At Velocity Berlin 2019, we were asked to give a talk to a crowd of largely non-game developers, on how games make gather and analyse telemetry in order to improve the experience of players. In this post, we’ll recap what we talked about, and provide links for further reading!
This talk was largely a literature review of advice and techniques from game developers, and we’re tremendously grateful for their generous sharing of knowledge. In particular, three stand-out talks from GDC were hugely useful:
- Making “Big Data” work for ‘Halo’: A Case Study, by Tom Mathews (GDC 2016)
- Rapid MMO Content Iteration and Validation with Spatial Analysis in Star Wars: The Old Republic, by Georg Zoeller (GDC Online 2011)
- Did You Have Fun? Analytics in ‘Call of Duty’, by Dylan Rogerson (GDC 2019; paywalled as of November 2019, but GDC typically makes them free after two years)
We’d also like to thank Tony Albrecht from Riot Games, whose advice helped us put this talk together.
In order to talk about how games use data, we’ll break the discussion down into four main topics: what data is gathered, how that data is gathered, how the data is analysed, and how the changes are deployed.
What Data is Gathered
Much of the data that games gather is not unique to games. Just about every product out there collects data on when it’s launched, how long the session lasts for, and how much interaction the user has with it; by gathering this data, it becomes possible to understand patterns of usage in terms of sessions.
There are three critical metrics that need to be gathered in order to gain a rough understanding of how a game is used:
- Session duration: how much time elapses between the user starting and finishing a stretch of interaction.
- Session interval: how long the user waits before starting another session.
- Session depth: how many interactions the user has in each session.
It’s important to note that you can’t analyse these individually. If the average session interval is decreasing, that may indicate that people are coming back to play more and more, but it could also mean that players are opening the game, checking to see if there’s anything new, and then immediately leaving.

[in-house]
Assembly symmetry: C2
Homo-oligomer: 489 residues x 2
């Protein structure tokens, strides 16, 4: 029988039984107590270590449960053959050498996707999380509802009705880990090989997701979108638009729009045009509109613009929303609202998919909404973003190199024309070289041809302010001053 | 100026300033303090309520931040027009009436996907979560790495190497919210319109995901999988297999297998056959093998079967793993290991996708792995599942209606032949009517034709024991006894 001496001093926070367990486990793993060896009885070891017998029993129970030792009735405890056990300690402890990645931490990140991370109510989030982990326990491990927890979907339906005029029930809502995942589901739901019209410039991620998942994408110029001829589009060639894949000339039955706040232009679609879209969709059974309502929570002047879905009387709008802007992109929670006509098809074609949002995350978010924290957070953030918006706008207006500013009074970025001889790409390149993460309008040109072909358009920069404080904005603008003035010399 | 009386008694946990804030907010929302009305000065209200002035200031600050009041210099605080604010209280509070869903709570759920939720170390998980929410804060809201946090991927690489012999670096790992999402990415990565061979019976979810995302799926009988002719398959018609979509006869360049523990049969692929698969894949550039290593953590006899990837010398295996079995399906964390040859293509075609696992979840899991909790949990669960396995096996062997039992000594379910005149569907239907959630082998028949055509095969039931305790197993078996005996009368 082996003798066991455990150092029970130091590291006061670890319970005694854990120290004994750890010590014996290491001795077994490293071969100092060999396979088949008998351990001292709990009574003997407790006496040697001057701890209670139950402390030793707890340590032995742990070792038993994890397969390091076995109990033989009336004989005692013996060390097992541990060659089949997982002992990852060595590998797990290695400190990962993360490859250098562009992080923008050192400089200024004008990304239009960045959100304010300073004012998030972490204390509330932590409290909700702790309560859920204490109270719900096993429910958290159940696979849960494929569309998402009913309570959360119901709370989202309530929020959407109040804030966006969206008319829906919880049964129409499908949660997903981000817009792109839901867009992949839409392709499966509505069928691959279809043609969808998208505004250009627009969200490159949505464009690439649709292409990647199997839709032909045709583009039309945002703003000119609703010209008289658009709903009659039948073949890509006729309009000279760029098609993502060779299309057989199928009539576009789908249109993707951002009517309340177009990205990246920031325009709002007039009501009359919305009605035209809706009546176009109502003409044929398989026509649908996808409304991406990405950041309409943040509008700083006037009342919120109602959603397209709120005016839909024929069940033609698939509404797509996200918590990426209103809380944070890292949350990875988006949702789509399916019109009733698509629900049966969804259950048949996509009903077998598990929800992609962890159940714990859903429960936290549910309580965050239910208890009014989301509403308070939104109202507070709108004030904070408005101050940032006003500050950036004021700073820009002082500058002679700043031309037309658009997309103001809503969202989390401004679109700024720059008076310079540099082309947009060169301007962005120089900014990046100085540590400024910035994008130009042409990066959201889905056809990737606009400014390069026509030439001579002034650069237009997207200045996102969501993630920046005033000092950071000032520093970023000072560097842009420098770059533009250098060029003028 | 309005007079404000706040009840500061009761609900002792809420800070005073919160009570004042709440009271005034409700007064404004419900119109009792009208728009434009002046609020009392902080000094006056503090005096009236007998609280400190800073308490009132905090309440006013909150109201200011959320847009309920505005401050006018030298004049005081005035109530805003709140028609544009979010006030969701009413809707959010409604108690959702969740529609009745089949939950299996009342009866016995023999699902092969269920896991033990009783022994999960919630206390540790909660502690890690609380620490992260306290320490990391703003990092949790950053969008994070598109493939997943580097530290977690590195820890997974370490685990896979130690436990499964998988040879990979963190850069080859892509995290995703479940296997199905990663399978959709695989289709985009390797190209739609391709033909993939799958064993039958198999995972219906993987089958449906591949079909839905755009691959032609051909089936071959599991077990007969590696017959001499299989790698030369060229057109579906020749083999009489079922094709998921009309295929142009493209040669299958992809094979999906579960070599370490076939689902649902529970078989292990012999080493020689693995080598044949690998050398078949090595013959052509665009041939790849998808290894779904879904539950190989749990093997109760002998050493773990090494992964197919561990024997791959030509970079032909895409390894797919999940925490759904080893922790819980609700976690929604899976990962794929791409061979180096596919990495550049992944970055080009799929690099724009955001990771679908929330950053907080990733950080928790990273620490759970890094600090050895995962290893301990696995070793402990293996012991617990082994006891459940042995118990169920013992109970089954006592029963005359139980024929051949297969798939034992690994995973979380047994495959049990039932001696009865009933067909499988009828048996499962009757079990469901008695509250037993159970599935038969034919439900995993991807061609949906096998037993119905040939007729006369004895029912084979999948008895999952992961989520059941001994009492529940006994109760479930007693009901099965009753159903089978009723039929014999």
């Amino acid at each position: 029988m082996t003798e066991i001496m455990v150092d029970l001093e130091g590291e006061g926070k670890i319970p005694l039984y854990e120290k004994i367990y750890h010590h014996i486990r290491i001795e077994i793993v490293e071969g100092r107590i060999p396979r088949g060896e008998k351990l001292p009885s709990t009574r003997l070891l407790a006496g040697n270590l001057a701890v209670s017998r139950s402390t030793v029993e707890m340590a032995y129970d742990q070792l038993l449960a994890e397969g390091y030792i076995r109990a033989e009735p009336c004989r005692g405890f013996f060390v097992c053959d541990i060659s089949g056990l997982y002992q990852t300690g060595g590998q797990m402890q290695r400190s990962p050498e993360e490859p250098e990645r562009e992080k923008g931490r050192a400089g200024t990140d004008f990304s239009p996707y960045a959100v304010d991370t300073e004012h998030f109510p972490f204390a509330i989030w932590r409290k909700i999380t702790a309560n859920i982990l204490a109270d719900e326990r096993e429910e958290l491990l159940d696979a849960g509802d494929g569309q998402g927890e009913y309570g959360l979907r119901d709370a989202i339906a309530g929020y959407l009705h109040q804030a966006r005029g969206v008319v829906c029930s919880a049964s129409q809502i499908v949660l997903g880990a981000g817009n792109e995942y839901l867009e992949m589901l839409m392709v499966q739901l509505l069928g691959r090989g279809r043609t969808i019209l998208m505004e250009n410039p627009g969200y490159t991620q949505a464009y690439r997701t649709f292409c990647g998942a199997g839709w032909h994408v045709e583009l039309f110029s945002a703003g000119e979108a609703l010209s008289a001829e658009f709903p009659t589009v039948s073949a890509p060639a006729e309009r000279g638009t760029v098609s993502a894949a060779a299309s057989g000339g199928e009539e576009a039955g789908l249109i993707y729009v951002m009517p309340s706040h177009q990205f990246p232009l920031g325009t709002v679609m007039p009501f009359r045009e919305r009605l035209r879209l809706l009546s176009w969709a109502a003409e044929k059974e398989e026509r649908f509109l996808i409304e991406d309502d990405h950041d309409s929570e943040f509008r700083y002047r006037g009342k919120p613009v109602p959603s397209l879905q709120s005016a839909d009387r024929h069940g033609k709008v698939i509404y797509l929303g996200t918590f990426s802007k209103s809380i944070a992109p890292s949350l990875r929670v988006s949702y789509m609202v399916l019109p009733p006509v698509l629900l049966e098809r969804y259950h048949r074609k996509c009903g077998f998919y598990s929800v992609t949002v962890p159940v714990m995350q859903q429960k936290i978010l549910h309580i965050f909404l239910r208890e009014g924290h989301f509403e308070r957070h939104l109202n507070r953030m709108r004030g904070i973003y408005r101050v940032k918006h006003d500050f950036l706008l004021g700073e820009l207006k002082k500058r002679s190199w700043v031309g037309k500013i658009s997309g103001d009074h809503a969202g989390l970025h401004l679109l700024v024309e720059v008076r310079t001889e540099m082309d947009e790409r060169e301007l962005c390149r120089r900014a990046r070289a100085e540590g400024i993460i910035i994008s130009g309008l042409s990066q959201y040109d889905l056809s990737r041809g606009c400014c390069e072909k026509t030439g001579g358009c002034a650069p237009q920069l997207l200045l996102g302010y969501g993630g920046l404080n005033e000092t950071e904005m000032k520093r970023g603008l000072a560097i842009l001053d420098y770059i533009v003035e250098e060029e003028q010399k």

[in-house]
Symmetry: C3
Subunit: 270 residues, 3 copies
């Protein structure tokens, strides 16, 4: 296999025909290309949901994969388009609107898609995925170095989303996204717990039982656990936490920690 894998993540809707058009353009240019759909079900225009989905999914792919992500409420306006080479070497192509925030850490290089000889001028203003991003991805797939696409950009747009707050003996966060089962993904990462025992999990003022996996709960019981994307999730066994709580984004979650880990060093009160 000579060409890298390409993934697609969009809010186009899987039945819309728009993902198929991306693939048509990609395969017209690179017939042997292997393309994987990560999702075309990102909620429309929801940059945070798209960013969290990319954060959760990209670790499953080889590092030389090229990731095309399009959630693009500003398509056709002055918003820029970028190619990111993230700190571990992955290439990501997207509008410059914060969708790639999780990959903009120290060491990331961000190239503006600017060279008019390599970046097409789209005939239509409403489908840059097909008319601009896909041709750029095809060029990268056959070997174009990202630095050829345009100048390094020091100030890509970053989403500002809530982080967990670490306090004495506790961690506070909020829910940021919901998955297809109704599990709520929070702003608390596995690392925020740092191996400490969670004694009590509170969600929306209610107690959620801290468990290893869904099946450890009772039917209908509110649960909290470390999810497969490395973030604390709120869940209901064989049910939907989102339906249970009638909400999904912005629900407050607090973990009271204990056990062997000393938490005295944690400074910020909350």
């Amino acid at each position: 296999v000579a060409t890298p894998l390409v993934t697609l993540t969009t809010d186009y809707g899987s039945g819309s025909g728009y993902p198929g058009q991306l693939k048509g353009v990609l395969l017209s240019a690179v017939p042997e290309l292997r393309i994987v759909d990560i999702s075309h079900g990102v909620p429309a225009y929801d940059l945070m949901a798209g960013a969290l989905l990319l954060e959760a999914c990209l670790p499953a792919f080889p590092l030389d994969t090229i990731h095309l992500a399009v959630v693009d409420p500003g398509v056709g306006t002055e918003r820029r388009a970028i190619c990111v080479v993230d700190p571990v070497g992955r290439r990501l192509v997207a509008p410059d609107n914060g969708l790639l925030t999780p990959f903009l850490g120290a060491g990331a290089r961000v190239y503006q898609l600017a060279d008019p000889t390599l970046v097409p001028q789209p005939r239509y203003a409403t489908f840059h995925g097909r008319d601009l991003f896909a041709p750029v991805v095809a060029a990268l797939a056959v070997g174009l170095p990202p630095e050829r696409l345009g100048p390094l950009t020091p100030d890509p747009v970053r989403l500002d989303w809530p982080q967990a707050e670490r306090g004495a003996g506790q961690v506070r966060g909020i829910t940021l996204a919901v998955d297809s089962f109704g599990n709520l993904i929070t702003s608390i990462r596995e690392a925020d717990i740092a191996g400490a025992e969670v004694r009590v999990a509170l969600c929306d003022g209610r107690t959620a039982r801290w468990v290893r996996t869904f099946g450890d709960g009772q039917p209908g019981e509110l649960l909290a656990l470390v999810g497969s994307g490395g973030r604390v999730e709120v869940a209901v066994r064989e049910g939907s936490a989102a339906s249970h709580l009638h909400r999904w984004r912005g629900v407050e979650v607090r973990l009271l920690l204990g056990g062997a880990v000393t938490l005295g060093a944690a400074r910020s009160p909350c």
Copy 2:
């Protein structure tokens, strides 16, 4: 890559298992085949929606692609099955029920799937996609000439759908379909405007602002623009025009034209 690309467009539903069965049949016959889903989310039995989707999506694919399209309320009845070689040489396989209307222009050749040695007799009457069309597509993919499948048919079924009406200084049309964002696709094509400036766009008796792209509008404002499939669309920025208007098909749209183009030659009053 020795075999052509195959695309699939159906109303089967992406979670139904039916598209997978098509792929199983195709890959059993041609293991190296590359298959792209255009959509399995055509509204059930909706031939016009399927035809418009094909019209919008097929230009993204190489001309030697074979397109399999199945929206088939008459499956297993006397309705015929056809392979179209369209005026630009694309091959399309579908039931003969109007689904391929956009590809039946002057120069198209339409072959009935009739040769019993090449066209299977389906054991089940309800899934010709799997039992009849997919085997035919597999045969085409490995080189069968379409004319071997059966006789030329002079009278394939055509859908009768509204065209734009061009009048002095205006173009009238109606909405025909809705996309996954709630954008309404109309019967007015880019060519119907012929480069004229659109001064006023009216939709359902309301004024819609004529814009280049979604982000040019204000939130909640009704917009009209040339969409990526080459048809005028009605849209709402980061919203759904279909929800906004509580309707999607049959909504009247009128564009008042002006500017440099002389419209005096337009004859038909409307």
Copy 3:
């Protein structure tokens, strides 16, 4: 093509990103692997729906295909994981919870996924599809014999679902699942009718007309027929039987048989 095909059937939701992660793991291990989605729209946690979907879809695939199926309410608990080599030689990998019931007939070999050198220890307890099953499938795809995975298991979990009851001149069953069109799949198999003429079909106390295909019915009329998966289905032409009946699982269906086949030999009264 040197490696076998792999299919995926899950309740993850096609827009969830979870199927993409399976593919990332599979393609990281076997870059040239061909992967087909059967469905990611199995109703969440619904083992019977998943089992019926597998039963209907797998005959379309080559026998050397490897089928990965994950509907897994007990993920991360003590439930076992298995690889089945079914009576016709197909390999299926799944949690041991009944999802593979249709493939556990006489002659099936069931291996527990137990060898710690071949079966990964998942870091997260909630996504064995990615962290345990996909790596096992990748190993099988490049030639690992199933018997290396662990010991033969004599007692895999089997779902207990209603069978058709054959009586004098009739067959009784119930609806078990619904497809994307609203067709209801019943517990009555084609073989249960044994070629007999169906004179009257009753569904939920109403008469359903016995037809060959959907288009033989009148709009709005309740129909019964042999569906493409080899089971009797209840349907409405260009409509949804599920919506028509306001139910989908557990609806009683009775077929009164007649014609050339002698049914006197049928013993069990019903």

By gathering this data, it becomes possible to get a picture of the number of daily, weekly and monthly active users for the game. These figures represent how many unique users had a session in the game over the specified period; generally, you want this to be going up over time, though players tend to drop off a game over time. Daily active users counts tend to be quite spiky, because of players who hear about new content and updates and jump into the game, but don’t stick around for long. As a result, monthly active users tends to be the main reported figure, because it effectively smoothes out trends in player population; in the 2018 annual report for Activision Blizzard, one of the key figures that they highlighted was MAU across Activision, Blizzard and King.
In addition to these standard metrics, there are also data points that are unique to games. These tend to vary based on the type of game, but generally include things like score, death, level number, and position. Position is a particularly interesting one, because it’s very easy to visualise and plot against other key events – we’ll come back to this in a moment.
However, these concrete measurements of player behaviour aren’t good at getting an understanding of whether the player enjoyed themselves in the game. To fix this gap, Call of Duty: World War II directly asks their players if they had fun, using a single yes/no question that’s designed to minimise the burden of answering. Interestingly, the development team reports an average non-skip rate of between 60-80%, even when the answer order randomisation places the option to skip as the default. This is significantly higher than they expect.
Finally, games typically record performance data on how smoothly the game is running. Games typically aim to play at 60 frames per second, which means that each frame has only 16.6 milliseconds to render. When you have only about a dozen milliseconds to render, every one of them counts.
As a result, League of Legends records two kinds of performance data: first, regular telemetry reports are sent during a game, giving an idea of the impact that the most recent patch has had on performance. Additionally, the game records performance data for each frame as it’s played, and then compresses and uploads the data at the end of a round.